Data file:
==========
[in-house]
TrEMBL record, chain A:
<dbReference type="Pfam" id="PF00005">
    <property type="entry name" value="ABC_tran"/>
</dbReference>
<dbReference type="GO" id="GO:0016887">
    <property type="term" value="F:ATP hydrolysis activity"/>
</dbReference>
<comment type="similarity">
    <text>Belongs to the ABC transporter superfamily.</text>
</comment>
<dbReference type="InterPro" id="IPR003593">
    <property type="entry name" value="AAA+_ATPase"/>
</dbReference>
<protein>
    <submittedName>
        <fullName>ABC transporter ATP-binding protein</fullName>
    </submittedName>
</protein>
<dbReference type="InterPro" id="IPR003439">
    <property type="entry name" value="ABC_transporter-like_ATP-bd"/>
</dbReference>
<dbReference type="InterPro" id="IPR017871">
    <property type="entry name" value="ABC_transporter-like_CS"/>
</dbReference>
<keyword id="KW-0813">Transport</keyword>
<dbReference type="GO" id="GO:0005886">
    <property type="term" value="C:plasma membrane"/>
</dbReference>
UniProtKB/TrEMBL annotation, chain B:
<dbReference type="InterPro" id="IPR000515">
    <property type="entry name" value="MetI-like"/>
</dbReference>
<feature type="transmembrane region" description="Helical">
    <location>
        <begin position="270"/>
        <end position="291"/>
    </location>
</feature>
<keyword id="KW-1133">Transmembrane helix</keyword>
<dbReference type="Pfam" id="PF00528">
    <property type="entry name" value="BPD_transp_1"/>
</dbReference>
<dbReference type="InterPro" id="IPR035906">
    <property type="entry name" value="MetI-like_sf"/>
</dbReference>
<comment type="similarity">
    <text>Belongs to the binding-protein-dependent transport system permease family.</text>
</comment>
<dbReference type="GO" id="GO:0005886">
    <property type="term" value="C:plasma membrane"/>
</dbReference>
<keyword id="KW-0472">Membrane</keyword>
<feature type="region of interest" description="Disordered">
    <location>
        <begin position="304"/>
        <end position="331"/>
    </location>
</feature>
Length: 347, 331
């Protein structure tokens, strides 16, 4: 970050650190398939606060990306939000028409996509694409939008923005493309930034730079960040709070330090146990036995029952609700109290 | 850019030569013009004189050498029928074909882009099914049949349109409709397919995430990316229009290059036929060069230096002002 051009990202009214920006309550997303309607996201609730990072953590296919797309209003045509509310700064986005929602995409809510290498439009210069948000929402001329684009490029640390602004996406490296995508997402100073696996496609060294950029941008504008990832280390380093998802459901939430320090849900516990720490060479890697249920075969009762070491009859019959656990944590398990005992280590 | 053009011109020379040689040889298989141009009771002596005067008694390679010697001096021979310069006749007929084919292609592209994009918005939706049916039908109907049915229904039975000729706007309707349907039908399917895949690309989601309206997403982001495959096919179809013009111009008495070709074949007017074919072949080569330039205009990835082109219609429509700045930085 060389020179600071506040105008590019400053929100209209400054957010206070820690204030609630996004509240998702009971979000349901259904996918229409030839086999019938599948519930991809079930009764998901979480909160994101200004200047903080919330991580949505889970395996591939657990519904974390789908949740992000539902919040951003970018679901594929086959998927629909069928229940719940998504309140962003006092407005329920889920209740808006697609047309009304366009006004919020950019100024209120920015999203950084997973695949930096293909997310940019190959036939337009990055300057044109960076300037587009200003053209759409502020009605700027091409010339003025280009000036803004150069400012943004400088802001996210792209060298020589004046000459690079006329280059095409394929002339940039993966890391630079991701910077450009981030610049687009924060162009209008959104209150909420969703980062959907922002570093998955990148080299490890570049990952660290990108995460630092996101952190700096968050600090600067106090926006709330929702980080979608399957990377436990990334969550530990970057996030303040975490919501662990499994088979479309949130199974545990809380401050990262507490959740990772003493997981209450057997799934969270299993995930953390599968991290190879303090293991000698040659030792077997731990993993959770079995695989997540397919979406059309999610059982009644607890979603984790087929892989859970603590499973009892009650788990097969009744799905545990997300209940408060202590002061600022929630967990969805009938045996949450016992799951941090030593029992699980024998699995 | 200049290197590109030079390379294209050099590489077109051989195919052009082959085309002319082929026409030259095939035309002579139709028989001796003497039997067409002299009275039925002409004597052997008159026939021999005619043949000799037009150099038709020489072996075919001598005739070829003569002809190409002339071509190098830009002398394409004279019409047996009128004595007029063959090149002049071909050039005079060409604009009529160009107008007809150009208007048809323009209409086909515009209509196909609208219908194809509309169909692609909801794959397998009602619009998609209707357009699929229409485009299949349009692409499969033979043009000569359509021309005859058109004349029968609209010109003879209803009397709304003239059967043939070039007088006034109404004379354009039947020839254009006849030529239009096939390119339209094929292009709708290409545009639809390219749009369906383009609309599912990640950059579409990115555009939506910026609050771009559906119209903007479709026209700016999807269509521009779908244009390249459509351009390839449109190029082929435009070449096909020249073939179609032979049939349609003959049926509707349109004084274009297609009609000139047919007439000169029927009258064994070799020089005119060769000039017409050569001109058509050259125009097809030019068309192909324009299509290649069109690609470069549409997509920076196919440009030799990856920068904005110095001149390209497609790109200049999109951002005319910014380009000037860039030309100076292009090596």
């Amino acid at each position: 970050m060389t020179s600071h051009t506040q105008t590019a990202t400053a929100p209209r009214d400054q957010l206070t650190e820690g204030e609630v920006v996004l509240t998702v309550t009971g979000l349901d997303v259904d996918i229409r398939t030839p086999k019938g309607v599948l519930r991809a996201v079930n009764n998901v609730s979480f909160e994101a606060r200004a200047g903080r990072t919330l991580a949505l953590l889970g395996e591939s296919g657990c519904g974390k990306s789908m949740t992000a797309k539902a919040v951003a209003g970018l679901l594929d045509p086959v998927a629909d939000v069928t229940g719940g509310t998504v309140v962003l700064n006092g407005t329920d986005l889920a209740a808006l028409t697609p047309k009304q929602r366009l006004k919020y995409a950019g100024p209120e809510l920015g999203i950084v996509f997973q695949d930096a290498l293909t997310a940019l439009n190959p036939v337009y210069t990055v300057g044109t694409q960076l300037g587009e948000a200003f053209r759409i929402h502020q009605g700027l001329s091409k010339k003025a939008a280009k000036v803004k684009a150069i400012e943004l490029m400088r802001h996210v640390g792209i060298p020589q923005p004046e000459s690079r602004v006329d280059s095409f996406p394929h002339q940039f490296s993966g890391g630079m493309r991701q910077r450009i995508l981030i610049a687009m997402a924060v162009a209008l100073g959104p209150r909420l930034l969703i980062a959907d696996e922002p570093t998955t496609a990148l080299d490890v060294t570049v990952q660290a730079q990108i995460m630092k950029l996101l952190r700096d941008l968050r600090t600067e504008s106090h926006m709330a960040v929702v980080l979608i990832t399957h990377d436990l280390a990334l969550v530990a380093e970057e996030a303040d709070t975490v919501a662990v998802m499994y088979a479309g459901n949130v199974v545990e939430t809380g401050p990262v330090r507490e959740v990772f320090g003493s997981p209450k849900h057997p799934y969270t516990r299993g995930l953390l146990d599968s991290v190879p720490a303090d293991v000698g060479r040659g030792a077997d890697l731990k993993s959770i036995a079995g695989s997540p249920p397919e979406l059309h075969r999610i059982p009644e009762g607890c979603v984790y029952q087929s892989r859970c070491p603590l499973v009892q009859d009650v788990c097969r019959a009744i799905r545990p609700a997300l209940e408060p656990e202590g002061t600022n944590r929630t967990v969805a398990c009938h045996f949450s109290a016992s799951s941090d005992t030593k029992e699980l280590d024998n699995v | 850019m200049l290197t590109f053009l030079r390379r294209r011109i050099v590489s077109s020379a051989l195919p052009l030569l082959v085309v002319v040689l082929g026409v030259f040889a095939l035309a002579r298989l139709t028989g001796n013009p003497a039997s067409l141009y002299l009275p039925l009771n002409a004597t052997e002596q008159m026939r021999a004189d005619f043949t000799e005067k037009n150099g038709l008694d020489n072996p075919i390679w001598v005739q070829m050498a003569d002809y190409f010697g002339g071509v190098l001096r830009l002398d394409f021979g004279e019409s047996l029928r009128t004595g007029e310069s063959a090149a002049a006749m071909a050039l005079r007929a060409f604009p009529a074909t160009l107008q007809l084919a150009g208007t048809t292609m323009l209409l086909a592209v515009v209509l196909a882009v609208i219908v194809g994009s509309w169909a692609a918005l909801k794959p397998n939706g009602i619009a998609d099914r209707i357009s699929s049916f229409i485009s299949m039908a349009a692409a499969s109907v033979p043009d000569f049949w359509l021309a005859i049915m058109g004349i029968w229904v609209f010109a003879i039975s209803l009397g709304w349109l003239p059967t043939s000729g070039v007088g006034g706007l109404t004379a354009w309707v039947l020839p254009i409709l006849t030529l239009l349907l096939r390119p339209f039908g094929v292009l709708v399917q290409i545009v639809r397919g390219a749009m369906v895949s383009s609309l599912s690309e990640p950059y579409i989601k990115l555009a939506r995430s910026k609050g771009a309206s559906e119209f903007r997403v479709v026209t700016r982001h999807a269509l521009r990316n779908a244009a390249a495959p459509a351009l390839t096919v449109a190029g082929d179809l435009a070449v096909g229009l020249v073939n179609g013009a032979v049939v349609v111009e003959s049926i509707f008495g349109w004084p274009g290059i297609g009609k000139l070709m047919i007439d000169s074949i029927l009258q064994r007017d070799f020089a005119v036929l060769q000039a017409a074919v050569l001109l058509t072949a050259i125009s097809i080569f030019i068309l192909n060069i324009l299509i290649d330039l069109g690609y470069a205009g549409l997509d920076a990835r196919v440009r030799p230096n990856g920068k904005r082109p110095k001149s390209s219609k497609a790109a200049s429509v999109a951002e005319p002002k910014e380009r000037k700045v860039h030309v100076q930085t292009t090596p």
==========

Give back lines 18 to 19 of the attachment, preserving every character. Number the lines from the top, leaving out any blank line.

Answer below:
    </submittedName>
</protein>